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Marquette's Amplo: "I Wanted to Create a Culture"

The Marquette head coach dishes on building a program from the ground floor, and also how hard it is to find pens and paper.

Anthony Gruppuso-US PRESSWIRE

Lacrosse Magazine has been crushing it with its "30 in 30" series, walking through fall ball with aplomb while piloting a tanker truck full of hot fire. While much of the project has touched upon the theme that generally dominates the fall period -- What are teams doing to address their question marks? -- it muscled its way through a curve yesterday with something I find more interesting than anything else right now: The approach to and development of new Division I programs.

Joe Amplo, the central figure in Marquette's maiden voyage through Division I lacrosse, spoke to Corey McLaughlin about pioneering the game in the Midwest and what it takes to get a program moving in the right direction. When you read the piece, you start to realize just how impressive it is that Amplo is going to be leading his charges into the breach in just a few months when, just under two years ago, his job at Marquette didn't even exist. Here's some of the best stuff.

On creating a culture:

We looked at kids who fell through the cracks and were looking for opportunities. We attracted some transfers, guys who wanted an opportunity for whatever reason. We got 28 young men to come here last year. They went through practice just like a regular Division I team would every single day, they did weight training, but they didn't compete.

That allowed us to start to institute standards and create some hierarchy and leadership. And it allowed us as a staff to make some mistakes in our development and learn from each other. That was the first goal for us after hiring the staff. We needed to get kids on campus. Bringing in those 28 kids was check mark No. 1.

Then it was just the daily grind. What are we going to wear in the weight room? And when a kid isn't wearing the right thing, how are we going to hold him accountable? How are we going to empower the team to hold them accountable? When we walk to class, what are we expected to do? Are we expected to walk with our heads down or say hello to everybody and engage as many people on campus as possible? What do we look like when we do community service? Are we just going to do a one-hour community cleanup or are we going to put our hands around a big, major project like a toy drive and try to fill a tractor trailer with toys? What's going to be our standard for everything that we do?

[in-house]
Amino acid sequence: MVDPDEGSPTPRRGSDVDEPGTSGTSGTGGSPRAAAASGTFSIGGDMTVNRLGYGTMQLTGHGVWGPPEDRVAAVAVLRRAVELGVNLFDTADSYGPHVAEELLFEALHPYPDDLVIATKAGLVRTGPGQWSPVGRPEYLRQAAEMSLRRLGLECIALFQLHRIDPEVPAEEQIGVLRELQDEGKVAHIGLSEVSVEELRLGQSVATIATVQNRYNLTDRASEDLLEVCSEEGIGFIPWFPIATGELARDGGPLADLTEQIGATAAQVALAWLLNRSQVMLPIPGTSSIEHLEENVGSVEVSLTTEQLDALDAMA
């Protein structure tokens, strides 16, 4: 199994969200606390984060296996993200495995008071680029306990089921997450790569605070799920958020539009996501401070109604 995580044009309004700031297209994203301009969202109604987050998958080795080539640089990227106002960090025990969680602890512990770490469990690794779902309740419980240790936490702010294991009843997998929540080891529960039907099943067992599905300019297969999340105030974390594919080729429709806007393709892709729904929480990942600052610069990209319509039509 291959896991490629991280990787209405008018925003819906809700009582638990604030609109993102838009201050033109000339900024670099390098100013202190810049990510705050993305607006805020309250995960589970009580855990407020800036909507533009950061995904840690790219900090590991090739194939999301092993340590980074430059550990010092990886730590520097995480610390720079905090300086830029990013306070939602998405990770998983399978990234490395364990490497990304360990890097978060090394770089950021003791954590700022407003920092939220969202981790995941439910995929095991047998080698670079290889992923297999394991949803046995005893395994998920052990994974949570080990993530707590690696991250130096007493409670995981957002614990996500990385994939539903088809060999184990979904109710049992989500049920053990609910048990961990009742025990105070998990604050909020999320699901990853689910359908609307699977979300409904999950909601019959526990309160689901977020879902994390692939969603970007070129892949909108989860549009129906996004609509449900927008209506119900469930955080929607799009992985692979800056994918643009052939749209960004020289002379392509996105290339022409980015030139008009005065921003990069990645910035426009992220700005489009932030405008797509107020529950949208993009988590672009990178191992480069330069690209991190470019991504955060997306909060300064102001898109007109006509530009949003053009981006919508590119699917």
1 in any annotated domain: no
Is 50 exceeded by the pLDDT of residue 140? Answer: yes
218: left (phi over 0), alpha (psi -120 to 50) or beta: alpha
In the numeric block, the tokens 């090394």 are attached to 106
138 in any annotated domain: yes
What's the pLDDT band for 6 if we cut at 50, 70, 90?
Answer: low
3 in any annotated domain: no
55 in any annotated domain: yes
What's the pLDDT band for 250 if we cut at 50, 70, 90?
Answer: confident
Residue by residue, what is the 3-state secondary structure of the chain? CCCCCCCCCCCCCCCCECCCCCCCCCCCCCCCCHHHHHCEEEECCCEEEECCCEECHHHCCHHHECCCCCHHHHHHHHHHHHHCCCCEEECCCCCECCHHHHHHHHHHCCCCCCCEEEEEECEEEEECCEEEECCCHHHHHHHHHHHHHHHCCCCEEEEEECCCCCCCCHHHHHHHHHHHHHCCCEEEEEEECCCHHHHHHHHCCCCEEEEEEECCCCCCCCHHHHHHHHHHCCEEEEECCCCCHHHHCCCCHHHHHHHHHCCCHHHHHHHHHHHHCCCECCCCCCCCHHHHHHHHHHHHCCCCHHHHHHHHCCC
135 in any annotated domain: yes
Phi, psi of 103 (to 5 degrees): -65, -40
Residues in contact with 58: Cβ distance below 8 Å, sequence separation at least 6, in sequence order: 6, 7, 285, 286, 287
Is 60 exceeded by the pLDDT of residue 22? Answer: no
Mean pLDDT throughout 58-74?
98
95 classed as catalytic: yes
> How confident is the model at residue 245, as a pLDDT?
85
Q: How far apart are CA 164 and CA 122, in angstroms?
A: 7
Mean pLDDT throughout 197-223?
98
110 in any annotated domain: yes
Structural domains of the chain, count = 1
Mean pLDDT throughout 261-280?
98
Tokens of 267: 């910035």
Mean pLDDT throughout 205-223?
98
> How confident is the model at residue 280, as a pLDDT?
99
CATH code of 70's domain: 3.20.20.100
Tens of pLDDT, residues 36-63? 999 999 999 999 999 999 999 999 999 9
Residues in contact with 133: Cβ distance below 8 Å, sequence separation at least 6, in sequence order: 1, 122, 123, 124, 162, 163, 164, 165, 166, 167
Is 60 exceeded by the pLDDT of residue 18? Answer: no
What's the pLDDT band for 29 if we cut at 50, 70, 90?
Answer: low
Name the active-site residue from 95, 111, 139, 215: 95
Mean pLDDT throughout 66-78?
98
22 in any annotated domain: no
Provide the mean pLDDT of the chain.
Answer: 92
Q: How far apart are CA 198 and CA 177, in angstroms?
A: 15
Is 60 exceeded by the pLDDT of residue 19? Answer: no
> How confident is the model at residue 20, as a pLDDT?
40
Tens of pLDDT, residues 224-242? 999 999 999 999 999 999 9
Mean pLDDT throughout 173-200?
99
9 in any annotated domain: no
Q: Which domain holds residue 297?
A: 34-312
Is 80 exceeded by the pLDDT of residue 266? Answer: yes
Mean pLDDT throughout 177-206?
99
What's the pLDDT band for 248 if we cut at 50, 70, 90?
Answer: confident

This isn't a program that's been sitting around Milwaukee discussing bratwurst theory; this a program that has been putting in the work, not only on the field and in the weight room, but also in the community and in the realm of personal growth and responsibility. That may not translate to wins in 2013, but it does lay a solid foundation for pursuing success in the future, not just in terms of wins and losses but in program volition and community engagement with the game. Good deal.

On lining up skulls to try and crush:

Because this year is an independent year for us, we're not technically in the Big East, I wanted to get as many Big East opponents on our schedule as possible. I wanted to get that comfort level or see where we fit competitively. Villanova and Rutgers, we really tried to get on each other's schedules, the timing just didn't work out. Notre Dame, Georgetown and St. John's did work out. After that, who else could we get to play here? The school gave us a generous guarantee budget so we offered teams money to come in and play us. Unfortunately, we only got two: Detroit Mercy and Duke.

* * * * *

After that, where do we fit? We'll go anywhere. We wanted to get to different markets. . . . It's the Marquette Barnstorming Tour.

Marquette is a team without a country right now, and that's how you end up with two -- two! -- home games in a season. It isn't going to be an easy season for the Golden Eagles, what with bus trips and airlines and, if possible, the pirating of seacraft to storm the shores of some unknowning lacrosse opponent. But there is something really important here: Marquette was willing to throw some dollars at Amplo to try and put together a workable schedule. That's the biggest piece of this entire thing -- support, and the Golden Eagles have it.

On geography and dealing with huckleberries:

We wanted to explain the fact that lacrosse is not spelled with a capital C as it is in the town of LaCrosse out here.

/blank stare